I’ve heard that some writers get writer’s block when they face a blank page. They don’t know how to start writing. They have no ideas. They get paralyzed.
I’ve never had writer’s block.
That’s because I understand that the page is never blank. Okay, I’m exaggerating a little. The page is blank, but only for a few seconds. Here’s what I mean.
To find something to write about, I start by reading. I surf the Internet—news websites, blogs, Facebook—paddling around in an endless sea of stimuli, until an item provokes an emotional response in me.
The response could be any of these:
Then I copy the item, open a blank page in Word, and paste the item onto the page. Or I’ll type one or two sentences summarizing the item. Voila—no more blank page.
Because an item grabs your interest, it will probably grab other people’s interest, too. That means it’s probably worth writing about. It’ll probably be easy to write about, too, because you care about it.
Now that the page isn’t blank, all you have to do is develop the item into something more entertaining: ask “what if” about it, put a twist on it, build a story around it. Sure, you’ll have to do some hard work, but at least you got over your writer’s block.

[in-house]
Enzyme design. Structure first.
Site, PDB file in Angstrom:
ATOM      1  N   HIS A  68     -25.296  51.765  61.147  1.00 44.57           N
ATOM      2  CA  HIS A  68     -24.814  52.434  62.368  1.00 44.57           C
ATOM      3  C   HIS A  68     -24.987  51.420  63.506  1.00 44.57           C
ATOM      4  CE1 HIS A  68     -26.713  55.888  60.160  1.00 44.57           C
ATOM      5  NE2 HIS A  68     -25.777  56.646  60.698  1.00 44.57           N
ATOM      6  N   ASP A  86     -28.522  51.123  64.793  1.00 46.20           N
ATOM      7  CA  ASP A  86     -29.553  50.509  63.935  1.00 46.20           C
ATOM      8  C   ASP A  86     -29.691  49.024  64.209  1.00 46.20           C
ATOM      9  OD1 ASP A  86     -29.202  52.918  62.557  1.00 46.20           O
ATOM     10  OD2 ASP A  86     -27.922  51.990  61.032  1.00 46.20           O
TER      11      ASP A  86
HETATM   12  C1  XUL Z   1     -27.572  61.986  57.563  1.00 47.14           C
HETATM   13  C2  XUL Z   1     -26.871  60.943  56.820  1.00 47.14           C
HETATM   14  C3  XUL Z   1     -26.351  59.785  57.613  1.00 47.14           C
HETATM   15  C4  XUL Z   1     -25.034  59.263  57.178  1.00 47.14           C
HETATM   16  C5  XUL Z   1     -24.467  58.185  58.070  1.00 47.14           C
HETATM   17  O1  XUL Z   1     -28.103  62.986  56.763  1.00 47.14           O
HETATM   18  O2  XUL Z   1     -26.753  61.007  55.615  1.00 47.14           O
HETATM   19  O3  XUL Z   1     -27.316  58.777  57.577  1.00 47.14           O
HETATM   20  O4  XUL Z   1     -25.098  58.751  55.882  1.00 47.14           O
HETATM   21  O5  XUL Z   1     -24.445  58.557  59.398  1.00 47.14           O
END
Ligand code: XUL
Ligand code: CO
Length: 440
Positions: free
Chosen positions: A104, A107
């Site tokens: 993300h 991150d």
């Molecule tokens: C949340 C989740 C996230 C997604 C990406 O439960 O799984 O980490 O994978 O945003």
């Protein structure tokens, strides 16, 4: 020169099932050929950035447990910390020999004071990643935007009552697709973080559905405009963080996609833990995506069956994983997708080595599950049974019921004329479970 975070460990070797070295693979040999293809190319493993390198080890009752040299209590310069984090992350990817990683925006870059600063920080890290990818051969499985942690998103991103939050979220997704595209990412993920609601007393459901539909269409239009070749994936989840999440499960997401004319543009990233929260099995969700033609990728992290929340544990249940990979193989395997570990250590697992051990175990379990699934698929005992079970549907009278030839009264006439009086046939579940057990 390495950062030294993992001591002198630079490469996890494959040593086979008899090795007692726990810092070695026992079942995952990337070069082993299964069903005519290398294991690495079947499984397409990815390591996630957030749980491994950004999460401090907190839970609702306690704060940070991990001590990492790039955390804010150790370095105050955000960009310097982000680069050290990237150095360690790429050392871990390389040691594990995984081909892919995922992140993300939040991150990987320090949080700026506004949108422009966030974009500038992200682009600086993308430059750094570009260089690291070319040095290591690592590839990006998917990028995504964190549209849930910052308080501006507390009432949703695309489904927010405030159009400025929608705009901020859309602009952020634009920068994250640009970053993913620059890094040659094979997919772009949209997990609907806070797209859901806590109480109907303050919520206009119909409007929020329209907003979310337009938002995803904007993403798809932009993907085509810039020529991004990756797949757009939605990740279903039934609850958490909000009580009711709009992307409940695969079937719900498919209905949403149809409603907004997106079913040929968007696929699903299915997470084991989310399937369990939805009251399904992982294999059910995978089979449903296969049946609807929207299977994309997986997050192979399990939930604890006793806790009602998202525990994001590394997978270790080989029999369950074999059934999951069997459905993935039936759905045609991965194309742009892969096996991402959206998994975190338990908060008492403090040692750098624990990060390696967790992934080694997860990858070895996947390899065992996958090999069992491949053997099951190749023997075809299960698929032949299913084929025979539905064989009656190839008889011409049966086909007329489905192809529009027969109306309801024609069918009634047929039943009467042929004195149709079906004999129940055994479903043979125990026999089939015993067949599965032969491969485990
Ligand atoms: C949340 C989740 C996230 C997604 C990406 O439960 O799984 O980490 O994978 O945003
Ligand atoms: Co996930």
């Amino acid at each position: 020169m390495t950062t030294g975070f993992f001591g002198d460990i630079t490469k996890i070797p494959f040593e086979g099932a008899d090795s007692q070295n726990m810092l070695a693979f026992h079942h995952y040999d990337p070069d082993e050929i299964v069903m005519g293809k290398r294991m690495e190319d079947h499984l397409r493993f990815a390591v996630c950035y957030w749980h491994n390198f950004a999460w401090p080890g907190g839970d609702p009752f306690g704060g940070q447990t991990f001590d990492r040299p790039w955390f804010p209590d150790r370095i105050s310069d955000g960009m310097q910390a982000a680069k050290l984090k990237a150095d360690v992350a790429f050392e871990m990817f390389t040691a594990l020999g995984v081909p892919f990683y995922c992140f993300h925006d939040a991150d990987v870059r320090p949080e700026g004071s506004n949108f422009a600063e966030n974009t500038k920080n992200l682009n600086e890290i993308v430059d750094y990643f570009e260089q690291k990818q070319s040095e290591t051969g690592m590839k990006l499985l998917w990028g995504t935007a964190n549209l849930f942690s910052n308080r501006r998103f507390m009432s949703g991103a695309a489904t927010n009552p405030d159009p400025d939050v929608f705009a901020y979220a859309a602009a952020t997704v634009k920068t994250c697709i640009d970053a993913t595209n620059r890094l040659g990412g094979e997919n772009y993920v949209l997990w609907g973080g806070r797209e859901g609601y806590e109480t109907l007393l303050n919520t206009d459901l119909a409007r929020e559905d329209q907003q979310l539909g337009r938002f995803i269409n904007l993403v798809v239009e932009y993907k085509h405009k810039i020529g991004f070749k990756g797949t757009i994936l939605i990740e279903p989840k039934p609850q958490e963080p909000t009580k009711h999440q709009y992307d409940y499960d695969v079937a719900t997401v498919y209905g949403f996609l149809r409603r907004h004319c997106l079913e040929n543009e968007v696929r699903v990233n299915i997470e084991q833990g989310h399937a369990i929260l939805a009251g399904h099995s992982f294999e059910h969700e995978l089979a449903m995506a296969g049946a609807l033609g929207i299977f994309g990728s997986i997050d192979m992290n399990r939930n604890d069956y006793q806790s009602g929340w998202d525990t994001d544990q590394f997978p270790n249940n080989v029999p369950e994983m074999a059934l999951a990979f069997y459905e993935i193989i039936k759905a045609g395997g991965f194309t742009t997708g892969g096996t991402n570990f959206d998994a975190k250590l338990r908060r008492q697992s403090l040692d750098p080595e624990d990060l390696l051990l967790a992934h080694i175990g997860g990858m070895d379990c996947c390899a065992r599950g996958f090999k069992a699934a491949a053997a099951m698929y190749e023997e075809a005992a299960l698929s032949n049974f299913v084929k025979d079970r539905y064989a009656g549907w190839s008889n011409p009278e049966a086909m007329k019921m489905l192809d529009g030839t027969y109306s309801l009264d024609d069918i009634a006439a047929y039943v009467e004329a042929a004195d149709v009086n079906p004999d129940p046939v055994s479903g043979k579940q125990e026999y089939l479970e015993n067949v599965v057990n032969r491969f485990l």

If you have trouble fleshing the item out, go back to reading until a new item jumps out at you. Then copy that item onto your page. So, again, the page is never blank.
Here’s how that process worked recently when I wanted to post a joke on Twitter. I cruised around news websites until this item jumped off the screen:
Did the news item provoke an emotional response? Sure it did. A solid gold toilet? Wait, what? That’s weird, surprising, and kinda disgusting.
So I copied the item into a blank Word document, used what I call Punch Line Maker #4 (“Find a play on words in the topic”), and came up with this:
Take that, blank page.
To learn more about what makes a good topic for comedy, get my book Comedy Writing for Late-Night TV.